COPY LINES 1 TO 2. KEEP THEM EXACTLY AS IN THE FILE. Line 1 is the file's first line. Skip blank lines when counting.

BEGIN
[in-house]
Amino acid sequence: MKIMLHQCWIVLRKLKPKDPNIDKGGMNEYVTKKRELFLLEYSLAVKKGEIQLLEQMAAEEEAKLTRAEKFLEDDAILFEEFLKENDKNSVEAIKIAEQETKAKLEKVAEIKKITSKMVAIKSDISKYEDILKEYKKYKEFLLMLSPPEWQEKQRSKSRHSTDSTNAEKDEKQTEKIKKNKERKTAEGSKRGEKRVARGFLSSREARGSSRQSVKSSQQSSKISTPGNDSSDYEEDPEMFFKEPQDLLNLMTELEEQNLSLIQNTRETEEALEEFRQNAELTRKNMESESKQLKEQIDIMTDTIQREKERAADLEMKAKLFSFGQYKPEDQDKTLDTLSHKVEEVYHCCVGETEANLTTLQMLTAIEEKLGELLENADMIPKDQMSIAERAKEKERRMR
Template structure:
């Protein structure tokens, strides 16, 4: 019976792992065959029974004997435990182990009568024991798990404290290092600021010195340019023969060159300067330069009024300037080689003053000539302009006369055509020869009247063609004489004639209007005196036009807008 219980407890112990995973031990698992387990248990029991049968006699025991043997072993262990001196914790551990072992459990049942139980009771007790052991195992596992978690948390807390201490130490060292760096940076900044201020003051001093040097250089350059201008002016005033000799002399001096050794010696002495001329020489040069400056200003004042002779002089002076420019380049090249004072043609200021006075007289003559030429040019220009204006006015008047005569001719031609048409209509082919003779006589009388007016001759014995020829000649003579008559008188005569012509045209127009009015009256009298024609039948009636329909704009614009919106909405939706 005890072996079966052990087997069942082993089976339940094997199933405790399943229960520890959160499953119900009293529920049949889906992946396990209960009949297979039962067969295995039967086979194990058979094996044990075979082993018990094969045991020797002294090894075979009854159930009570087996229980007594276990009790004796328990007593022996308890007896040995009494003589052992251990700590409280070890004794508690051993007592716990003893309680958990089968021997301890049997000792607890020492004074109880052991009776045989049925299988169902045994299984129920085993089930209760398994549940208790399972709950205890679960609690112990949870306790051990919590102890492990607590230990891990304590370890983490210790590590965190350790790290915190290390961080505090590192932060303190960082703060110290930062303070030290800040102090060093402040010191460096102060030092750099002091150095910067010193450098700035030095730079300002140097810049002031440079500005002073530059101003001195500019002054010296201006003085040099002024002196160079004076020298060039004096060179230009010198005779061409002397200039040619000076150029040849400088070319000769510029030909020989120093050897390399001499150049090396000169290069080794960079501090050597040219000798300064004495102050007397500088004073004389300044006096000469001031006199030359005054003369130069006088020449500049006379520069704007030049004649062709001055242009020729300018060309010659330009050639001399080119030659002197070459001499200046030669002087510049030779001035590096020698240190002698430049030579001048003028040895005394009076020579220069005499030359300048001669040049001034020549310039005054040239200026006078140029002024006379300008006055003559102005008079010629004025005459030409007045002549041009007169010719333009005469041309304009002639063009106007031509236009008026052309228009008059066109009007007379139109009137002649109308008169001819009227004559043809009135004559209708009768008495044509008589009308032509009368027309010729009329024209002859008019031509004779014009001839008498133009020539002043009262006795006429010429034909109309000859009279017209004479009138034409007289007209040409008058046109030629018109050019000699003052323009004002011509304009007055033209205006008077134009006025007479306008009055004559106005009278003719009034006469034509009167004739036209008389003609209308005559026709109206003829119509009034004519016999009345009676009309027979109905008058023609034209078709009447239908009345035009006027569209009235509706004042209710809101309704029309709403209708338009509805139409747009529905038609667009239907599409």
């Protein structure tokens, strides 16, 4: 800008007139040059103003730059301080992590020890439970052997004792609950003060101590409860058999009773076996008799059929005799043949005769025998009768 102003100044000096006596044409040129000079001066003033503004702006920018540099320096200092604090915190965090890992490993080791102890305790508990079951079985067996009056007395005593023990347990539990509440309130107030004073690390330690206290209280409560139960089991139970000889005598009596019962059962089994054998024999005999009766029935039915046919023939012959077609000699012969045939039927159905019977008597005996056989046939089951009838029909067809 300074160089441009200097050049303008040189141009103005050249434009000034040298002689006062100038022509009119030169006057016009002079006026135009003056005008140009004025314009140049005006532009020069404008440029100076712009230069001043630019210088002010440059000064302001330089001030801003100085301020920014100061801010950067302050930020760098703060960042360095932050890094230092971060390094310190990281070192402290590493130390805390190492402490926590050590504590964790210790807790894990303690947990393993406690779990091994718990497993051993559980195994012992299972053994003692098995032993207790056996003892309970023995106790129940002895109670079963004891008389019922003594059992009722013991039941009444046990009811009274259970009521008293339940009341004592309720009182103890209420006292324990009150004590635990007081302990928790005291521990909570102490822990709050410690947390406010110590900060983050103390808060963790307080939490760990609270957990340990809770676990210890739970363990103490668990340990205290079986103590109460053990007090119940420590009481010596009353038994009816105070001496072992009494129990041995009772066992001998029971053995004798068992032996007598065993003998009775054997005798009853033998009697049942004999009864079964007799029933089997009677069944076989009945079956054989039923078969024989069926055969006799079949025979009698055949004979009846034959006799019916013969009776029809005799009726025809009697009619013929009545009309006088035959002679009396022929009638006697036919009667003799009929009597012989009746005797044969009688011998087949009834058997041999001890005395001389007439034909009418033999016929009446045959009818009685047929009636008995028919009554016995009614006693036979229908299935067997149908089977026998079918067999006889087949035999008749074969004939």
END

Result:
[in-house]
Amino acid sequence: MKIMLHQCWIVLRKLKPKDPNIDKGGMNEYVTKKRELFLLEYSLAVKKGEIQLLEQMAAEEEAKLTRAEKFLEDDAILFEEFLKENDKNSVEAIKIAEQETKAKLEKVAEIKKITSKMVAIKSDISKYEDILKEYKKYKEFLLMLSPPEWQEKQRSKSRHSTDSTNAEKDEKQTEKIKKNKERKTAEGSKRGEKRVARGFLSSREARGSSRQSVKSSQQSSKISTPGNDSSDYEEDPEMFFKEPQDLLNLMTELEEQNLSLIQNTRETEEALEEFRQNAELTRKNMESESKQLKEQIDIMTDTIQREKERAADLEMKAKLFSFGQYKPEDQDKTLDTLSHKVEEVYHCCVGETEANLTTLQMLTAIEEKLGELLENADMIPKDQMSIAERAKEKERRMR